Informed Consent and Big Pharma
Posted by Henry Bauer on 2012/01/23
I am realizing increasingly that the HIV/AIDS blunder/industry is far from unique, indeed that it reflects shockingly but faithfully many other present-day medical practices, for example the fudging of “informed consent” regulations by outsourcing trials to Africa and the profit-greedy peddling of insufficiently tested and all-too-often toxic drugs. See for example the article, “Too many given no right to refuse in medical trials” by Harriet A. Washington in the New Scientist, #2848, 23 January 2012.
Her new book also seems pertinent: Deadly Monopolies: The Shocking Corporate Takeover of Life Itself–And the Consequences for Your Health and Our Medical Future, Doubleday2011 —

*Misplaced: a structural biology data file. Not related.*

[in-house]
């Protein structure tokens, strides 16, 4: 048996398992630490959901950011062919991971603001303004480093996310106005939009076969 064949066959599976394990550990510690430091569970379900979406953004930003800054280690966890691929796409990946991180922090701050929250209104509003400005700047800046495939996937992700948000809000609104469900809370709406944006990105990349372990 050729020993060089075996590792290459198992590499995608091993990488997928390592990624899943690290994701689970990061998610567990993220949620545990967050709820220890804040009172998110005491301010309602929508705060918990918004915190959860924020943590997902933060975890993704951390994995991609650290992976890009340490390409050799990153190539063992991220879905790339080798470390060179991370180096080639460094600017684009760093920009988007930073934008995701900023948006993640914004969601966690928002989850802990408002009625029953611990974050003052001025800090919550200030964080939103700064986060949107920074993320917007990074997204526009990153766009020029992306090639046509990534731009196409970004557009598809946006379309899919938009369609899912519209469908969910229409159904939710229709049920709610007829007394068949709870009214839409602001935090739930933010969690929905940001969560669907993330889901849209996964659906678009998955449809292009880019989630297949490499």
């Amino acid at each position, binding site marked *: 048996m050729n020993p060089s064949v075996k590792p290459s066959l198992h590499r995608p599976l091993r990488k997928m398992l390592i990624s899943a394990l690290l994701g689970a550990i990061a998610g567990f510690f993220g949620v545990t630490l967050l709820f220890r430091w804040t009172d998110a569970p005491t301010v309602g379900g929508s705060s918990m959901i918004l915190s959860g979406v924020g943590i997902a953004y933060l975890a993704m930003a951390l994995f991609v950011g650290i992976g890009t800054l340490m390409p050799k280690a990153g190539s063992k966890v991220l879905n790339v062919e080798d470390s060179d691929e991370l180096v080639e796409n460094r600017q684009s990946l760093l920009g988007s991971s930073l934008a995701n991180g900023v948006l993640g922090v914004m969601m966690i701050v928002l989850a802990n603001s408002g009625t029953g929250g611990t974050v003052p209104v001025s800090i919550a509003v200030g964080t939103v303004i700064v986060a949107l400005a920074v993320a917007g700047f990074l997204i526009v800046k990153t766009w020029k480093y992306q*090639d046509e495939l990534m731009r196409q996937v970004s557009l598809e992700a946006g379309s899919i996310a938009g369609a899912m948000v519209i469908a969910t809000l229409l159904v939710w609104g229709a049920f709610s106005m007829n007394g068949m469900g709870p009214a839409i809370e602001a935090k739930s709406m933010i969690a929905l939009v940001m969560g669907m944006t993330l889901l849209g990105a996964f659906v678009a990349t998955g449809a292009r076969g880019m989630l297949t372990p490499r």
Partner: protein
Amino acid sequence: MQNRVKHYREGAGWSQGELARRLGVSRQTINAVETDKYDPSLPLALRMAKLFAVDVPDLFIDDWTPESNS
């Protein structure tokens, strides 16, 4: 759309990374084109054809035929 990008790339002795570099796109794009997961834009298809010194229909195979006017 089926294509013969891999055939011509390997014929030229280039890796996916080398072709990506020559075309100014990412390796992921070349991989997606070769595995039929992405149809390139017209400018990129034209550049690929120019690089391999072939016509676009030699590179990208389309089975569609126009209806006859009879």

“National Book Critics Circle Award winner Washington (Medical Apartheid: The Dark History of Medical Experimentation on Black Americans from Colonial Times to the Present, 2007, etc.) begins with the controversial 1980 Bayh-Dole Act, which allowed the commercialization of medical inventions based on government-funded patents, including those on living things. As a result, an unprecedented collusion between universities, researchers and private pharmaceutical and biotechnology companies spawned an era in which many vital medicines are too expensive or inaccessible to average consumers, or rushed to market before being adequately tested. Despite the fact that taxpayers largely fund medical research and development, pharma companies include that cost in their purported expenses, therefore using disingenuous figures to justify the skyrocketing costs of patented drugs. The author adeptly details the wide-ranging repercussions of this monopolistic research model and recounts chilling anecdotes that reveal a pattern of shady practices by biotech and pharma companies. These firms often display a lack of respect for patients’ rights in a ruthless pursuit of “blockbuster” drugs without regard for helping those who need it most. As of 2009, only 10 percent of the more than $70 billion spent per year on medical research addresses “diseases that cause 90 percent of the world’s health burden.” In addition, minorities and poor populations are often exploited for their genetic material yet not compensated for their contribution. Thousands of people die from preventable causes simply because it’s not profitable to save them. The author clearly presents data to elucidate these complex issues, and cogently argues that there are opportunities to reinstate transparency, collaboration and altruism in drug development and disbursement” (editorial review on amazon.com).